In Situ Resource Utilization (ISRU):  A type of device that will produce essential resources, such as Oxygen on the ISS and eventually on Mars. Also, see MOXIE, below.

International Space Station (ISS): One of America’s National Laboratories where LEO research and training is done. As of October 2015 astronauts from 17 countries have lived and worked on the ISS for various periods of times during the past 15 years or so. Currently (October 2015) two astronauts (one Russian and one American) are about half way through a 1-year assignment aboard the ISS. The “normal” assignment for each of the 6-person crew is six months, or less.

Best ISS photo

Photo (and added flags) by NASA
Interior Exploration Using Seismic Investigations, Geodesy, and Heat Transport (InSight): A robotic MARS lander scheduled for launch in 2016 that will investigate the interior (geophysical) processes that formed Mars’s core, mantle, and crust, comparing these processes to the Earth. In addition, InSight will also investigate seismic and meteorite impact rates on Mars.

Low Earth Orbit (LEO): An orbit around Earth with an altitude between 160 kilometers (99 mi) (orbital period of about 88 minutes), and 2,000 kilometers (1,200 mi) (with an orbital period of about 127 minutes).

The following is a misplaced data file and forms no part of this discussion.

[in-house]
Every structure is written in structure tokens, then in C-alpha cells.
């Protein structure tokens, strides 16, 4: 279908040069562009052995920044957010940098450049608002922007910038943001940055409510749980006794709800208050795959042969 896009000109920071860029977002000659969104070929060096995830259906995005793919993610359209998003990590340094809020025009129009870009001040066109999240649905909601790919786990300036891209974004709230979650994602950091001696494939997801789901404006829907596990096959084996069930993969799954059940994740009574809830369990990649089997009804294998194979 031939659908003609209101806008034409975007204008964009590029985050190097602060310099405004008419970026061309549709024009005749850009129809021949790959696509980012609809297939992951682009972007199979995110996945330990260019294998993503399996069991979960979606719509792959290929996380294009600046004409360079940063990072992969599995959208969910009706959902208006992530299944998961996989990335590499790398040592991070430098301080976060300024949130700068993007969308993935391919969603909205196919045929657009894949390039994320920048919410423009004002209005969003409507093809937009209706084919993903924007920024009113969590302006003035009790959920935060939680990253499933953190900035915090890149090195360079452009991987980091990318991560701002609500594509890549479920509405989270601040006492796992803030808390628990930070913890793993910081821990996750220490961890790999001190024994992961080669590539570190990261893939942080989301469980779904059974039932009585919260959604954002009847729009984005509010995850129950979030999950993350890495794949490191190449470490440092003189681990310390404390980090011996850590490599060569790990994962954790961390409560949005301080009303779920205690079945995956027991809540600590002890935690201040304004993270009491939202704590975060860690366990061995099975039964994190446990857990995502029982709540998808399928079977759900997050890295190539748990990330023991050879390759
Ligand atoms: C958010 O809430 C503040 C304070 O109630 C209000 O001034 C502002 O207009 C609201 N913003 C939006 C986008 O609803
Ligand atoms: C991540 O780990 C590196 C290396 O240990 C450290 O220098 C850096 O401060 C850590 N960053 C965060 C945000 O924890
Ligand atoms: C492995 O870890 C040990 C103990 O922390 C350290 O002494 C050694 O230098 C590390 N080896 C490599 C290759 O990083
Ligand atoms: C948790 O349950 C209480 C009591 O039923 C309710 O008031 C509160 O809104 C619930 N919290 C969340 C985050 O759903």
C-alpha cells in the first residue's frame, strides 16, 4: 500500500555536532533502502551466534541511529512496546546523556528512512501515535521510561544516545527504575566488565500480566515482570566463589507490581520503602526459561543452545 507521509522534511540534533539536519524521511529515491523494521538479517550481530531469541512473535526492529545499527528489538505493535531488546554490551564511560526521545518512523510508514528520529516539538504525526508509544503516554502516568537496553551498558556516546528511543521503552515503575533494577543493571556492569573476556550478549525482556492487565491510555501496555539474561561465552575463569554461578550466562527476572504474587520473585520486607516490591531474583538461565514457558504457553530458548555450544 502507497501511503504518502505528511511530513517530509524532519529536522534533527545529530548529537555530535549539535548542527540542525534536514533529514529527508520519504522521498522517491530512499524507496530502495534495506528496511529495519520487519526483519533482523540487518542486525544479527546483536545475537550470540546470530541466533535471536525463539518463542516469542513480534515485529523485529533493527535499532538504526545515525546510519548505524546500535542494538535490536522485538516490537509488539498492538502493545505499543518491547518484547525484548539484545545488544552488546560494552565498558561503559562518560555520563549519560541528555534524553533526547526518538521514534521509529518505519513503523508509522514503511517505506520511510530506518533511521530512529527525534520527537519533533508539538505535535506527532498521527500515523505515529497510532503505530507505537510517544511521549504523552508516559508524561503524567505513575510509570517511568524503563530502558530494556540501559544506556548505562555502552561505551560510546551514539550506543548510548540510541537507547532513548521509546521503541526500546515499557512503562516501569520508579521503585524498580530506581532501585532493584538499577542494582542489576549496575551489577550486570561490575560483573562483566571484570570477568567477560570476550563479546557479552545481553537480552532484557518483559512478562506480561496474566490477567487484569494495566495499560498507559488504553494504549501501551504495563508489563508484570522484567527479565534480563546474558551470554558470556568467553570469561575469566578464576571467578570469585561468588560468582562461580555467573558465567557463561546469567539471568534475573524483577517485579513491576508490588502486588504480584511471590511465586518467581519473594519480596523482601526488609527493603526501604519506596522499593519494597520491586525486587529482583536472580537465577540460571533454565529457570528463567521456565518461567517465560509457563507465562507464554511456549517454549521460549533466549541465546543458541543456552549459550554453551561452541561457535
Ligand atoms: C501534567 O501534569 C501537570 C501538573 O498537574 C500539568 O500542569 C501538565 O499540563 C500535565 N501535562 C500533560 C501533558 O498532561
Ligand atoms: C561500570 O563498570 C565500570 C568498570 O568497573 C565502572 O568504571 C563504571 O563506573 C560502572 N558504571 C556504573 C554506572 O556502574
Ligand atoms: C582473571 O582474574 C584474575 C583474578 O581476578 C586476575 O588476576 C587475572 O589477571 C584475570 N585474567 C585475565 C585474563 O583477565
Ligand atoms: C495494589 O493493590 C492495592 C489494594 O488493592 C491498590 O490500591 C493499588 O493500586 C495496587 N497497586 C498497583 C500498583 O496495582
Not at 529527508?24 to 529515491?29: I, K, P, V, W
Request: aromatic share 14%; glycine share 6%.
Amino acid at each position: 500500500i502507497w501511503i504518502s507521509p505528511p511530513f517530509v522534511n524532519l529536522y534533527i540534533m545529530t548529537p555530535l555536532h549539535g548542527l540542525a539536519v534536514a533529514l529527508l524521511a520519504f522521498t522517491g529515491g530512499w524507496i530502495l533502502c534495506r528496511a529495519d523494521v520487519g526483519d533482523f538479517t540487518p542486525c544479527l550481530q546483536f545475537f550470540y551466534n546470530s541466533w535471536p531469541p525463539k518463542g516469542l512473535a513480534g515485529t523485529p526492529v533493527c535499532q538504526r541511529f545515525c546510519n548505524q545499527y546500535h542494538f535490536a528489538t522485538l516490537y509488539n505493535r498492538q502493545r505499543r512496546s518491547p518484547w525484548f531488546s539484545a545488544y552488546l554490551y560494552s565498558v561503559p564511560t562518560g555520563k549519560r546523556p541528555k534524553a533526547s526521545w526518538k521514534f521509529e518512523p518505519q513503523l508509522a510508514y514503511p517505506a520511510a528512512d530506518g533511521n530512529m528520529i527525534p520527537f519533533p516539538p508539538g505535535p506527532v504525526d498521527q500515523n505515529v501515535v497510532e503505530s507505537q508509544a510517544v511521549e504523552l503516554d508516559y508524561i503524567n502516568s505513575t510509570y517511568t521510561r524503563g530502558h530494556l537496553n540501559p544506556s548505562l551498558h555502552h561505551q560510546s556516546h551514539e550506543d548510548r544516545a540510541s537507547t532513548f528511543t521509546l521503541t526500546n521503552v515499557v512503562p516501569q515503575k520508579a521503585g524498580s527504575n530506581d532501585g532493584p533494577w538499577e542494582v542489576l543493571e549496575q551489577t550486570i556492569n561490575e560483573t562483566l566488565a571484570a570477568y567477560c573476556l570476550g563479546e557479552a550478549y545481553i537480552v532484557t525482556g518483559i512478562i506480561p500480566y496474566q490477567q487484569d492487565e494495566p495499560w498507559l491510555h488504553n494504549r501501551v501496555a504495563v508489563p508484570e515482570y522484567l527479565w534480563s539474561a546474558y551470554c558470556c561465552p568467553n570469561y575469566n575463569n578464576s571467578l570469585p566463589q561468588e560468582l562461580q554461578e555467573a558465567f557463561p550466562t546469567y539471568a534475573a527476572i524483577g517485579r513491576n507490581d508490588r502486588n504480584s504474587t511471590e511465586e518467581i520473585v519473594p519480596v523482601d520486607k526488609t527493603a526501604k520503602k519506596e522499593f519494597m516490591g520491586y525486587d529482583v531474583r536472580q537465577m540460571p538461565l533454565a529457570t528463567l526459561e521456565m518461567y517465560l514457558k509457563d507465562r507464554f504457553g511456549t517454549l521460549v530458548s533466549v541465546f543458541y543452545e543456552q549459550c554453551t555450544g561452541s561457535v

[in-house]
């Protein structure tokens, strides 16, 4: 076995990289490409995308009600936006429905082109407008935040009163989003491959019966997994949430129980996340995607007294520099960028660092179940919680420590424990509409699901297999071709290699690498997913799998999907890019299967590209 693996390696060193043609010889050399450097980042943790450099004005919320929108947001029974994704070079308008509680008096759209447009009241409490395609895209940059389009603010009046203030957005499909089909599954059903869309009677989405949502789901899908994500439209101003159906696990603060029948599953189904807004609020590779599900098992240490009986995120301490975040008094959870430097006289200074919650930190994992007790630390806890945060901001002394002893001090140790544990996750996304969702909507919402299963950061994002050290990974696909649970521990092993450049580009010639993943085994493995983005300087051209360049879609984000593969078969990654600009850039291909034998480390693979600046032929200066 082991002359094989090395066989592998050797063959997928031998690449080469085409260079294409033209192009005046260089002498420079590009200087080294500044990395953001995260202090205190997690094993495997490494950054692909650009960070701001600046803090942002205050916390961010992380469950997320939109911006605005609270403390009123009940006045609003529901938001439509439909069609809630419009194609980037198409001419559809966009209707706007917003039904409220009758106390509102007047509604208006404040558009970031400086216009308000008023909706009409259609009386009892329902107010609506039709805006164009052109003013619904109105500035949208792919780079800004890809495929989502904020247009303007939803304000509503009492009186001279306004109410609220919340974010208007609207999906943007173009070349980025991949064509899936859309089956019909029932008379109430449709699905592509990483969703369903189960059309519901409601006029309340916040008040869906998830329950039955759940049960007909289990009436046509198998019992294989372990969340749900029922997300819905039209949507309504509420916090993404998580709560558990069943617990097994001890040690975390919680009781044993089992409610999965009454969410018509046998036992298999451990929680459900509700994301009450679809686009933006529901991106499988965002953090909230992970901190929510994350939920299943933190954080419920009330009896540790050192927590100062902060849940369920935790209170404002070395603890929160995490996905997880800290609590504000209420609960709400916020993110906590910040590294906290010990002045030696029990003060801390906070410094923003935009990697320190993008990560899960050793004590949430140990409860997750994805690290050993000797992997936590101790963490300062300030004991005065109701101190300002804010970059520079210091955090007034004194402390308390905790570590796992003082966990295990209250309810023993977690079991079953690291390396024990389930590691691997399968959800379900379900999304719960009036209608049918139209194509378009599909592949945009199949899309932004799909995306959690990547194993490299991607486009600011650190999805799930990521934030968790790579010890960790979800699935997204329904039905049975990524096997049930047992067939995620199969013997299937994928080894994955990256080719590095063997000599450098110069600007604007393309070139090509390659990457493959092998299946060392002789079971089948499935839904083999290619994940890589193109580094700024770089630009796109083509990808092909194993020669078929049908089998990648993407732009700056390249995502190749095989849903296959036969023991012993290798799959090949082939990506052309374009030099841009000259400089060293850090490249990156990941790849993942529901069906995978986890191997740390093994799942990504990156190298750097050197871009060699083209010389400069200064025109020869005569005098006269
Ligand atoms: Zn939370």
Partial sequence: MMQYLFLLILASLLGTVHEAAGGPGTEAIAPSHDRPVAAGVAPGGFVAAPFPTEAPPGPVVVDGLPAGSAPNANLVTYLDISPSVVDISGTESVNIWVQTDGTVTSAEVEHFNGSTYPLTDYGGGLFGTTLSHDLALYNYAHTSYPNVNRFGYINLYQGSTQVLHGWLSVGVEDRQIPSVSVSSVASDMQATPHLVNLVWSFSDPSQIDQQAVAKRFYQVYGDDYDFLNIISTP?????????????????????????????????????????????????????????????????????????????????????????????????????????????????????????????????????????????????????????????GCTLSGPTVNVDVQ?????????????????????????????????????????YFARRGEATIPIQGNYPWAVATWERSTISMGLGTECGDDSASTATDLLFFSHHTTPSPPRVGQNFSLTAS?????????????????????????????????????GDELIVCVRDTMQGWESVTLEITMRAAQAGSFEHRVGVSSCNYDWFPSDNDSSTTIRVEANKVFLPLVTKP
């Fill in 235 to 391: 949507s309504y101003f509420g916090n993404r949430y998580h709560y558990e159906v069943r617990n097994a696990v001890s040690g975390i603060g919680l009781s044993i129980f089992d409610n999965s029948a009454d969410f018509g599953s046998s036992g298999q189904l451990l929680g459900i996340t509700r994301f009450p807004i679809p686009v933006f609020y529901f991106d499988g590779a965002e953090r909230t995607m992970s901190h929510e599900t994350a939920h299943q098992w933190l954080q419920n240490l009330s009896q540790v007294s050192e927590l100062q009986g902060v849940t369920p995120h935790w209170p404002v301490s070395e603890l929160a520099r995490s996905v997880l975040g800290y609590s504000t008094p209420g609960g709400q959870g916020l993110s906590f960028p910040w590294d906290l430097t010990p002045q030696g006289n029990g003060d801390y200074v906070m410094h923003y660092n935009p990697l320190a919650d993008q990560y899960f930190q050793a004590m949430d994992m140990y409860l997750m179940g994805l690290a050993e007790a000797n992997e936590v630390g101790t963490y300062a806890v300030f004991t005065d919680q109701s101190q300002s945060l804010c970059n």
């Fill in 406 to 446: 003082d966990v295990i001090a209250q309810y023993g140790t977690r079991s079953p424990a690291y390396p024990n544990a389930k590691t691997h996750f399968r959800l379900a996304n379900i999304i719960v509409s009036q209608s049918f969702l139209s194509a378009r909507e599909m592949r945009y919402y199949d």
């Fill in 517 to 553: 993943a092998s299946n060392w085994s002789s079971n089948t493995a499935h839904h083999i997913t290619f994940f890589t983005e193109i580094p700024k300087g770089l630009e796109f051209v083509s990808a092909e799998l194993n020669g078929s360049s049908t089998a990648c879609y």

Lunar Reconnaissance Orbiter (LRO): A Moon orbiter currently in operation at Earth’s Moon.

MOXIE: A small experimental ISRU device that extracts Oxygen from carbon dioxide (CO2 in a process called “solid oxide electrolysis”. MOXIE will be tested on the ISS and will be a part of the 2020 rover. Full size versions of MOXIE will be sent to Mars ahead of manned flights to produce and store oxygen to be used by the astronauts when they arrive, and during their stay on the surface of Mars as well as on the Mars Return Vehicle (MRV).


(Graphic from NASA via Wikipedia)

National Aeronautics and Space Administration (NASA)

Solar Electric Propulsion (SEP): A type of rocket engine that uses solar power from solar panels to accelerate ionized propellant (plasma) for thrust. These engines do not produce as much thrust as chemical engines, but they are much more efficient, allowing much more mass to be transported with far less fuel. This type of engine was used for NASA’s Dawn Mission which sent an orbiting robot to asteroids Vesta and Seres (This was the first ever mission that visited and orbited two different asteroids).

The drawing, below, shows an unmanned cargo carrying SEP vehicle on its way to Mars

Solar Electric Propulsion
Space Launch System (SLS): NASA defines the SLS as “Orion’s ride to deep space”.

Arguably, the most interesting and exciting item for the Journey to Mars is the SLS rocket, which will be the largest and most powerful rocket ever built.